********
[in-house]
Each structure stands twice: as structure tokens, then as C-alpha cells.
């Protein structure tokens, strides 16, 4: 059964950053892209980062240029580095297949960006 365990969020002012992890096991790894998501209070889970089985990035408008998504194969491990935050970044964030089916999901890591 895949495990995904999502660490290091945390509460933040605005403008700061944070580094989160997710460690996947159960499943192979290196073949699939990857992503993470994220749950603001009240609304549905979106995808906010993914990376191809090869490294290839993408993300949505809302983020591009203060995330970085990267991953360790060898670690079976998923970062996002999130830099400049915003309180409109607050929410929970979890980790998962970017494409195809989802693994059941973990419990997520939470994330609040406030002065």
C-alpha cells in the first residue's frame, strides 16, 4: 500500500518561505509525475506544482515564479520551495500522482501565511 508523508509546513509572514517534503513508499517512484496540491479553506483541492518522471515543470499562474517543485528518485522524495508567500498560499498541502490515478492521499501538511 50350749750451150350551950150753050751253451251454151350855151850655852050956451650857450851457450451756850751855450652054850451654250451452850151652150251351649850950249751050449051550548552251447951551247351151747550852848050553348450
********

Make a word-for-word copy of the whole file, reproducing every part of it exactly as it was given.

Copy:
[in-house]
Each structure stands twice: as structure tokens, then as C-alpha cells.
């Protein structure tokens, strides 16, 4: 059964950053892209980062240029580095297949960006 365990969020002012992890096991790894998501209070889970089985990035408008998504194969491990935050970044964030089916999901890591 895949495990995904999502660490290091945390509460933040605005403008700061944070580094989160997710460690996947159960499943192979290196073949699939990857992503993470994220749950603001009240609304549905979106995808906010993914990376191809090869490294290839993408993300949505809302983020591009203060995330970085990267991953360790060898670690079976998923970062996002999130830099400049915003309180409109607050929410929970979890980790998962970017494409195809989802693994059941973990419990997520939470994330609040406030002065």
C-alpha cells in the first residue's frame, strides 16, 4: 500500500518561505509525475506544482515564479520551495500522482501565511 508523508509546513509572514517534503513508499517512484496540491479553506483541492518522471515543470499562474517543485528518485522524495508567500498560499498541502490515478492521499501538511 50350749750451150350551950150753050751253451251454151350855151850655852050956451650857450851457450451756850751855450652054850451654250451452850151652150251351649850950249751050449051550548552251447951551247351151747550852848050553348450